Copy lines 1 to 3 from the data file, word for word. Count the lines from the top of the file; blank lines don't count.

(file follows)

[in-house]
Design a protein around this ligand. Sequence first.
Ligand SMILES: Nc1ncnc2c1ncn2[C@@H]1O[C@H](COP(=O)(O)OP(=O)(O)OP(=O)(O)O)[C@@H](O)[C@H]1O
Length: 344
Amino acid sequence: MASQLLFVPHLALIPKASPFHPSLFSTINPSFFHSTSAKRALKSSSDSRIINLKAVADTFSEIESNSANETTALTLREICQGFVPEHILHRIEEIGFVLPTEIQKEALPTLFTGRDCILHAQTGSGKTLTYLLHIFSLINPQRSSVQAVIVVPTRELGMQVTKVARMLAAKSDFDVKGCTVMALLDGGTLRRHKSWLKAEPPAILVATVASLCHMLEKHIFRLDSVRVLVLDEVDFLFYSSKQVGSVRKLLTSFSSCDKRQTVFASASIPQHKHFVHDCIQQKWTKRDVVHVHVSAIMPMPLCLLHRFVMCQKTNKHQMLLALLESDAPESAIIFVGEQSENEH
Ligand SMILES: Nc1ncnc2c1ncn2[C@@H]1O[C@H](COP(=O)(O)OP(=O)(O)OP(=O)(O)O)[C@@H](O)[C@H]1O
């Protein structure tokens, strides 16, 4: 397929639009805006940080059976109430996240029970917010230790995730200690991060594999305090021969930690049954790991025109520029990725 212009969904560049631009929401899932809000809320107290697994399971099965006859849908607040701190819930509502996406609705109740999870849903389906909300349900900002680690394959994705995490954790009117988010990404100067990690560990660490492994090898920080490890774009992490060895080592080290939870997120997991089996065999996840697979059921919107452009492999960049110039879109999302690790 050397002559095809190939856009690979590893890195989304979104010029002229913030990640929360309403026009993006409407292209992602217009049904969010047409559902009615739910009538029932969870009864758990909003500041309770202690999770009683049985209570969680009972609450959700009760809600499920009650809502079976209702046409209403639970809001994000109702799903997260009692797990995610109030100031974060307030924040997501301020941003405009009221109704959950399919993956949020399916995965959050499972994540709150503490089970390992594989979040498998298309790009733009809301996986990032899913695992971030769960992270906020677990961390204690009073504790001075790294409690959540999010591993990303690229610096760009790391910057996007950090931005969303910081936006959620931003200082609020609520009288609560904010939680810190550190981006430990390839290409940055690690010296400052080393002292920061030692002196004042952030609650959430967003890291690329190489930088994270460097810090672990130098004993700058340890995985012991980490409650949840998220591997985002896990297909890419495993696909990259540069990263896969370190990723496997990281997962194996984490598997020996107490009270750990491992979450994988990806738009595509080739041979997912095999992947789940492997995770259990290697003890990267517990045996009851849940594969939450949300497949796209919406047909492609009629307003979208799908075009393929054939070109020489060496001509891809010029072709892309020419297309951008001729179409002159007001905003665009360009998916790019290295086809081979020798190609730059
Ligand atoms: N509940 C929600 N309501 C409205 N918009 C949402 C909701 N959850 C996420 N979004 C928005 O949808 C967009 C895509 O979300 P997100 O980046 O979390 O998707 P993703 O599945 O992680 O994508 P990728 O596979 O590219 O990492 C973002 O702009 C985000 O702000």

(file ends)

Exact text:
[in-house]
Design a protein around this ligand. Sequence first.
Ligand SMILES: Nc1ncnc2c1ncn2[C@@H]1O[C@H](COP(=O)(O)OP(=O)(O)OP(=O)(O)O)[C@@H](O)[C@H]1O